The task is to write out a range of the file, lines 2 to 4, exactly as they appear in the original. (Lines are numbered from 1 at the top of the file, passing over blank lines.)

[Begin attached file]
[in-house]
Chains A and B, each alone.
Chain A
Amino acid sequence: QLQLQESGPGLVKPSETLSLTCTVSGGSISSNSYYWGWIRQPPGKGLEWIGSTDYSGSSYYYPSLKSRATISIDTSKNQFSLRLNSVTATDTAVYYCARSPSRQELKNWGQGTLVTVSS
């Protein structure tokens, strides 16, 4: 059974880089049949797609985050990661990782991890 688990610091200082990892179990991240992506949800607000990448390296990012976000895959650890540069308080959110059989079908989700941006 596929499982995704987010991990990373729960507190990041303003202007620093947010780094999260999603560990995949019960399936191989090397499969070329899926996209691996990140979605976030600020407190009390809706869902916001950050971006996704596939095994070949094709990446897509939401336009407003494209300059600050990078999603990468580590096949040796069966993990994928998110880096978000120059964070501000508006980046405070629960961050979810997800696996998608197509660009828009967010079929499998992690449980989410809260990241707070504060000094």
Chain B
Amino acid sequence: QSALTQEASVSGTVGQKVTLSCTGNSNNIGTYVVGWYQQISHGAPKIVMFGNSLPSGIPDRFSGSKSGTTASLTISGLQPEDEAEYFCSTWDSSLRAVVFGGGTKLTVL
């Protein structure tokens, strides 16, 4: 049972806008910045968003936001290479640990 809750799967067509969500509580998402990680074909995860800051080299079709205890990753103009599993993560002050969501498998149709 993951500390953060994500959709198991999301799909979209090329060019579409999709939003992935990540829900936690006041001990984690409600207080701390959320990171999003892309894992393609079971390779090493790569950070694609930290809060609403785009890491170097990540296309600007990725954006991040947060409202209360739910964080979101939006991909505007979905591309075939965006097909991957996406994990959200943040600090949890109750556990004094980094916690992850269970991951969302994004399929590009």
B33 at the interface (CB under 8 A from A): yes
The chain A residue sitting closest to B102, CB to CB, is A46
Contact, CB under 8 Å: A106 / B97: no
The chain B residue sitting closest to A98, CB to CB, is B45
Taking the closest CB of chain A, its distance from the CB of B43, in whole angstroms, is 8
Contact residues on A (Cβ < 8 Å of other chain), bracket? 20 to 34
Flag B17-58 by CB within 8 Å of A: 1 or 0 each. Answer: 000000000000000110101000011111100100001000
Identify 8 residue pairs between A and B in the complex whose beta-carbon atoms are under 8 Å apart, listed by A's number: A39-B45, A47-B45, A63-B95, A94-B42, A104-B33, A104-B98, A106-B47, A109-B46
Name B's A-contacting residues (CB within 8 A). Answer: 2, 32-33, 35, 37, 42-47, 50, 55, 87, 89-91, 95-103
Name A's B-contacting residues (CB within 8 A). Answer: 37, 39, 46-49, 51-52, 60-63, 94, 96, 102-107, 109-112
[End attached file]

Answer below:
Chains A and B, each alone.
Chain A
Amino acid sequence: QLQLQESGPGLVKPSETLSLTCTVSGGSISSNSYYWGWIRQPPGKGLEWIGSTDYSGSSYYYPSLKSRATISIDTSKNQFSLRLNSVTATDTAVYYCARSPSRQELKNWGQGTLVTVSS